They look like Fruit Roll-ups, they smell like bubble gum, but they can kill like tobacco.
Watermelon-flavoured cigarillos, maple syrup cigars that smell like warm pancakes, skinny minty-flavoured cigarettes that look like a lipstick.
They are all part of the latest collection of starter tobacco products with obvious kid-friendly appeal. And they work.
Research shows these products are six times more popular with youth than with adults.
What's more, a recent study showed that more than half of tobacco users in Grades 9 through 12 smoke flavoured products, and the Health Canada survey it was based on estimated that every month about 29,000 teenagers try one of these fruity or minty nicotine delivery devices for the first time.
That's a lot of kids getting their hands on a product that was supposedly banned four years ago by the federal government, after an election promise by Stephen Harper.
At a 2008 campaign stop in Welland, Ont., Harper held up a colourful box of candy flavoured tobacco sticks, and pointed a finger at the tobacco industry.
"Flavouring them and packaging them like candy, gum or Fruit Roll-ups, this is simply not right. It cannot continue," he said.
But it has continued. To this very day, those flavoured tobacco products remain on store shelves across Canada. That's because, rather than a complete ban, Ottawa chose to target only products of a certain weight (1.4 grams or less) with a particular filter.
Without missing a beat, the companies quickly repackaged the products to be slightly heavier, and changed the filter. Presto, they were legal again, with one distributor boasting that rumours of a ban on flavoured cigars were greatly exaggerated.
What's more, in enacting its ban in 2010, Ottawa did not even attempt to do away with the most popular tobacco flavouring of all — menthol. (The European Union has banned it and the U.S. Food and Drug Administration is considering one.)
Studies show menthol is the most effective gateway nicotine product for beginner smokers, and that has been confirmed by the tobacco industry's own research as well as by independent scientists.
Harder to quit
Tobacco companies know menthol anaesthetizes the throat, reducing the initial discomfort and making those difficult first puffs much easier. Menthol also makes it harder to quit, though scientists aren't exactly sure why.
Now manufacturers are rolling menthol-infused tobacco into slender tubes and squeezing these into lipstick-sized packages, creating elegant cigarettes that scream "skinny" and appeal to weight conscious young women.
"The innovation is to design a tobacco product that appeals to the kids in the 21st century" says David Hammond, a tobacco researcher with the University of Waterloo's School of Public Health.
It's a good business plan, considering that 70 per cent of future smokers start before their 18th birthday.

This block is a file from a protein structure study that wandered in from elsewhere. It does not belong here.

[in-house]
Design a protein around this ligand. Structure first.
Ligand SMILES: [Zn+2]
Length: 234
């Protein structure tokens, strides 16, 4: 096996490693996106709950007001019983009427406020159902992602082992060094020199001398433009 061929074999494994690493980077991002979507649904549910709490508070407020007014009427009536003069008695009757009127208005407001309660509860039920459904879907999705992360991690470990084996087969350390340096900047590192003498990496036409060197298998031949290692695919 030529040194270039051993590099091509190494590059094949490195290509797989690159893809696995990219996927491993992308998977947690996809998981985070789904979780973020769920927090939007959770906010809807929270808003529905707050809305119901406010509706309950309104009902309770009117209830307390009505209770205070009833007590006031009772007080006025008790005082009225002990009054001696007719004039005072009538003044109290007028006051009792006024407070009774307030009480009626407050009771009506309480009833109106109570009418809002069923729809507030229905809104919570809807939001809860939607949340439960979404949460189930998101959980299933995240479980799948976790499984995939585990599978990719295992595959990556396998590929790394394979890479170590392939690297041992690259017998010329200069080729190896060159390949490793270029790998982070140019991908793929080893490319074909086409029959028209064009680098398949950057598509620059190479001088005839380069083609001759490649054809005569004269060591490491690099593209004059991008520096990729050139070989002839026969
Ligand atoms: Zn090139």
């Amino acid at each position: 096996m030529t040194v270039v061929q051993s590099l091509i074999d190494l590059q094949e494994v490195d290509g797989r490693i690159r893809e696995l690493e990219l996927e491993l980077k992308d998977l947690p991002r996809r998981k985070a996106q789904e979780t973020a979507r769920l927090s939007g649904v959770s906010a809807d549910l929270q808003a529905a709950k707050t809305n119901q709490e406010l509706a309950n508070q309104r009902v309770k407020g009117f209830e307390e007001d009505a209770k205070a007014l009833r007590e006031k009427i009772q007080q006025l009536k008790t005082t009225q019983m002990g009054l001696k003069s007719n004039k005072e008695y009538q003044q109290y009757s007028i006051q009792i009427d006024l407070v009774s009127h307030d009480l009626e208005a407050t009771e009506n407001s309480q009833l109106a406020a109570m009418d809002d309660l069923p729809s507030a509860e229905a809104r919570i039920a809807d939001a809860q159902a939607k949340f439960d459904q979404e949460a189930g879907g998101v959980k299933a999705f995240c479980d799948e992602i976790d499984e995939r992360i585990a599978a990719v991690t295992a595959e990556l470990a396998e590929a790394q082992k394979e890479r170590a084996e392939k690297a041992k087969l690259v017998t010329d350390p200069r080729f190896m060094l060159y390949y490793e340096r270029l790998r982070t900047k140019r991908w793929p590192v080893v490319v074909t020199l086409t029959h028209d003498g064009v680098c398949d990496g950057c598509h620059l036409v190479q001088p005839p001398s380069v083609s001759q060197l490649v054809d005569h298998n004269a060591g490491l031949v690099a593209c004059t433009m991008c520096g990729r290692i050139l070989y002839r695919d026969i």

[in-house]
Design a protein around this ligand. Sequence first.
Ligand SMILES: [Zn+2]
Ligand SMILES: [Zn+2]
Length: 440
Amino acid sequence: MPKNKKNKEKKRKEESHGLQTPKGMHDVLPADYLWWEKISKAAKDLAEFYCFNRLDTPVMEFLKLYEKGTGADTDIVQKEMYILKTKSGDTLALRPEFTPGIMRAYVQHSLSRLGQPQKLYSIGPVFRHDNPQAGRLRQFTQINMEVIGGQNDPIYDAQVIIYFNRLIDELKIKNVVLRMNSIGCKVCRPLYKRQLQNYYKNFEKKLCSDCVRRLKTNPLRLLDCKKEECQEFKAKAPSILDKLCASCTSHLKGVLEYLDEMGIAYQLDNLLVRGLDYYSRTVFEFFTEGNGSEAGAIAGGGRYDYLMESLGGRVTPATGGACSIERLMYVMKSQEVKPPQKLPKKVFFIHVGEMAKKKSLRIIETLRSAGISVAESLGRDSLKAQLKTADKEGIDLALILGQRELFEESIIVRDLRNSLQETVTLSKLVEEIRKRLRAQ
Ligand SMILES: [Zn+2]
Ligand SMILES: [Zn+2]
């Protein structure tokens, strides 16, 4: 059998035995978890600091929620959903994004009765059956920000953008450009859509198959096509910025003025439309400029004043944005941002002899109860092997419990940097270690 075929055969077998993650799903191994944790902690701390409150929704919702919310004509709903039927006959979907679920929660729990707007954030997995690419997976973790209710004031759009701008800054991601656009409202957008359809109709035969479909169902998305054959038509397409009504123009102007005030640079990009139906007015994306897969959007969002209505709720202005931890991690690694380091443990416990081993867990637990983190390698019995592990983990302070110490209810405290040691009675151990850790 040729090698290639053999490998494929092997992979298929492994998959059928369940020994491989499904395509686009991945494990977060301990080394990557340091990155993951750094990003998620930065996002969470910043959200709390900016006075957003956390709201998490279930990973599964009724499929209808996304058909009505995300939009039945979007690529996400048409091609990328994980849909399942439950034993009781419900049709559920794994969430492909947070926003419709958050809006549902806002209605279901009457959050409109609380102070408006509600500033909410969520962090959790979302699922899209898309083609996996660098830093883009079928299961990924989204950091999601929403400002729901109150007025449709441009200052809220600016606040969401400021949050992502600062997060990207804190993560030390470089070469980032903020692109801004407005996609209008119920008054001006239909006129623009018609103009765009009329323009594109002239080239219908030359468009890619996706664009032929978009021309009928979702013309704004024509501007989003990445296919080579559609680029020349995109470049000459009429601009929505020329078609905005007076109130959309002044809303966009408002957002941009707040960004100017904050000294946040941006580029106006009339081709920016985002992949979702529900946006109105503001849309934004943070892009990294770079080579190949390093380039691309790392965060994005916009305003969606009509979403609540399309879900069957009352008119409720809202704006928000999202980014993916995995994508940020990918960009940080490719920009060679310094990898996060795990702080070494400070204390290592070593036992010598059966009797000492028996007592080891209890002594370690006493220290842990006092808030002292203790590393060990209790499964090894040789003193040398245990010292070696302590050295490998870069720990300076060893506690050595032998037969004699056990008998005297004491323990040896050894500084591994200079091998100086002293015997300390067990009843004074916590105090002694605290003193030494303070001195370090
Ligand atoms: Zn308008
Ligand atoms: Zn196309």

And right now, one in ten Canadian kids is smoking, on their way to a lifelong habit that will kill one out of every two long-term users.
"Most people are surprised" at these numbers, Hammond says. "Tobacco feels like yesterday's issue."
Low profile gains
Tobacco smoking is rarely in the headlines anymore. Ottawa has cut funding to anti-smoking groups, and Statistics Canada has ended its long-running annual survey on tobacco use, instead consolidating tobacco research into a broader biennial survey that also looks at alcohol and drug use.
"So we'll now have less information, less detailed information on who's smoking and who's smoking what, and I think that's unfortunate," says Hammond.
But smoking is just as deadly as it ever was. A few weeks ago, the Canadian Cancer Society released its annual cancer statistics. They show that lung cancer is still the leading cause of cancer death in both men and women.
The report also identified tobacco as the single greatest avoidable risk factor for cancer.
Today, one out of every five Canadians continues to smoke — around 5.8 million people — a number that hasn't budged by much in almost a decade.
Tobacco control groups are growing increasingly concerned that efforts to reduce tobacco use have stalled.
Meanwhile, big tobacco never sleeps. Tobacco lobbyists actively visit federal politicians, monitoring any possible changes in tobacco regulations. And new products like e-cigarettes are springing up in the marketplace.
For the tobacco industry, the objective seems to be to recruit as many new smokers as possible before a fresh regulatory barrier slams into place.
They've had a four-year window since Ottawa claimed to be banning flavoured tobacco.
And while at least three provinces are working on their own bans, at this point there is still no law in effect in Canada to rid the shelves of tobacco in its attractive new cloak of many flavours.